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Star Trek – Requiem for Methuselah (Review)

This July and August, we’re celebrating the release of Star Trek Beyond by taking a look back at the third season of the original Star Trek. Check back every Monday, Wednesday and Friday for the latest update.

Requiem for Methuselah is a surprisingly quiet episode.

The basic premise of the episode suggests sound and fury. The crew of the Enterprise have been infected by a deadly illness. McCoy speculates that there are only four hours in which to save the crew. Desperately searching for a cure, Kirk leads an away team down to a planet rich in the necessary minerals. When a man claiming to be the planet’s sole inhabitant refuses to allow Kirk access to the mineral, there is a tense stand-off; Kirk threatens to have the Enterprise obliterate the man and take the compound by force.

"You know, falling in love with the surrogate daughter of the man who can save my ship might not be the best tactical move here. Particularly since I've known her all of two hours."

“You know, falling in love with the surrogate daughter of the man who can save my ship might not be the best tactical move here. Particularly since I’ve known her all of two hours.”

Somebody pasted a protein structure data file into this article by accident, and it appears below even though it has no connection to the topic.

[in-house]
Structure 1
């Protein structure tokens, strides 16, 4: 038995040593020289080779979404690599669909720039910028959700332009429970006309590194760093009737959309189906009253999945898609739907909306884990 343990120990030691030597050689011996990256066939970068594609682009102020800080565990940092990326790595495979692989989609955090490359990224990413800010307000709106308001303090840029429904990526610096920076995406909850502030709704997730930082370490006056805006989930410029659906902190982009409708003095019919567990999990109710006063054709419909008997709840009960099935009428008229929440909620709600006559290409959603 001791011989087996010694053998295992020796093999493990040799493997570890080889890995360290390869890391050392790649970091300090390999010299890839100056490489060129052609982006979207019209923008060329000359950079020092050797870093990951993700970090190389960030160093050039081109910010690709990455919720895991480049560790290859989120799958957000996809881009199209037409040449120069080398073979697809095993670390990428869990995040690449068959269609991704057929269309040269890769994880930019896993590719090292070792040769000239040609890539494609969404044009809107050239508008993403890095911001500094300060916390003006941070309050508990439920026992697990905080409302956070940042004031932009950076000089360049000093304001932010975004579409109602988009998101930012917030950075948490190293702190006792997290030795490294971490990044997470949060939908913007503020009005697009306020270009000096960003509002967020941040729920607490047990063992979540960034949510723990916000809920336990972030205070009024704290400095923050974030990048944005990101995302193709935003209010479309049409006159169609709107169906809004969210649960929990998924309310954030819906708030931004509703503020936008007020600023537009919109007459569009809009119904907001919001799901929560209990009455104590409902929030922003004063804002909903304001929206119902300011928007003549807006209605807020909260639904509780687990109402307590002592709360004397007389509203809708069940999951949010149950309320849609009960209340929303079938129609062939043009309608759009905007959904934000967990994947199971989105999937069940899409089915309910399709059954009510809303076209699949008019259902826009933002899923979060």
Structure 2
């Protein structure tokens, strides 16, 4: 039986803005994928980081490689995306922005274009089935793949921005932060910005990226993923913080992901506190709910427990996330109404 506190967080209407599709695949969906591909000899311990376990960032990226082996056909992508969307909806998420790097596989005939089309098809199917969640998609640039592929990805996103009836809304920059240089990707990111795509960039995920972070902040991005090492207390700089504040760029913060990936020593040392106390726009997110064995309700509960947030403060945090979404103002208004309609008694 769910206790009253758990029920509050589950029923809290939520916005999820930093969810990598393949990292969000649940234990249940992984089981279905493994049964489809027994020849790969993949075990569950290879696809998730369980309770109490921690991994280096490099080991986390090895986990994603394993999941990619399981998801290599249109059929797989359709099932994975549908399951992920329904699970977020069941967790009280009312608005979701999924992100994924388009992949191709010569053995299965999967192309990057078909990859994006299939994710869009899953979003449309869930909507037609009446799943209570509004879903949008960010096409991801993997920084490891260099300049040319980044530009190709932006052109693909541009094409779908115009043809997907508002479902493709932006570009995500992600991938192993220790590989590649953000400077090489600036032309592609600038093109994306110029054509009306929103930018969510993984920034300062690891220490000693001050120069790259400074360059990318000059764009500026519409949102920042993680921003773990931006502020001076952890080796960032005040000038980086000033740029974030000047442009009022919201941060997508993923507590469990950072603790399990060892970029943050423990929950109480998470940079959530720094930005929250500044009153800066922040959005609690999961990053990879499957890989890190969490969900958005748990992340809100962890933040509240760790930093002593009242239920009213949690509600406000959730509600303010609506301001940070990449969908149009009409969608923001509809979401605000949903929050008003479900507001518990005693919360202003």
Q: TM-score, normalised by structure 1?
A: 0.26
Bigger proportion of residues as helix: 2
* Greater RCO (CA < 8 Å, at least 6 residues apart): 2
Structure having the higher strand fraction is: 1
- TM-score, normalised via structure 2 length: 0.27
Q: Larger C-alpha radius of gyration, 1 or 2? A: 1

Despite this rather high-stakes set up, the rest of Requiem for Methuselah is rather low-key. Despite his initial hostility to the uninvited guests, the mysterious stranger invites Kirk and the away team to his home. The episode spares the audience the sight of crew members sick and dying, with Scotty and Uhura (and a “skeleton crew”) doing a respectable job of holding down the fort as the end approaches. Even when the first couple of attempts to manufacture a cure fall flat, McCoy and his colleagues remain professional and dignified through to the end.

In a way, this would seem to capture the tone of this stretch of the third season.

Our man Flint.

Our man Flint.

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Non-Review Review: Cloudy With A Chance Of Meatballs 2

Cloudy With a Chance of Meatballs 2 is like an extended visual sugar hit. There’s always something happening, the characters seem in perpetual motion, and there’s never a moment where the audience is allowed to catch up. A technicolour marvel, there’s an endearing energy to all this, allowing the plot’s riff on classic monster movies (from King Kong to Jurassic Park) to become infectiously enjoyable. There are moments where the movie almost seems too sweet and too insubstantial, but they are only fleeting – there’s another neat visual gag, corny pun, or exciting slapstick joke only ever seconds away.

Cloudy With a Chance of Meatballs 2 is hardly food for the soul, but it’s certainly a satisfying meal.

A berry good idea...

A berry good idea…

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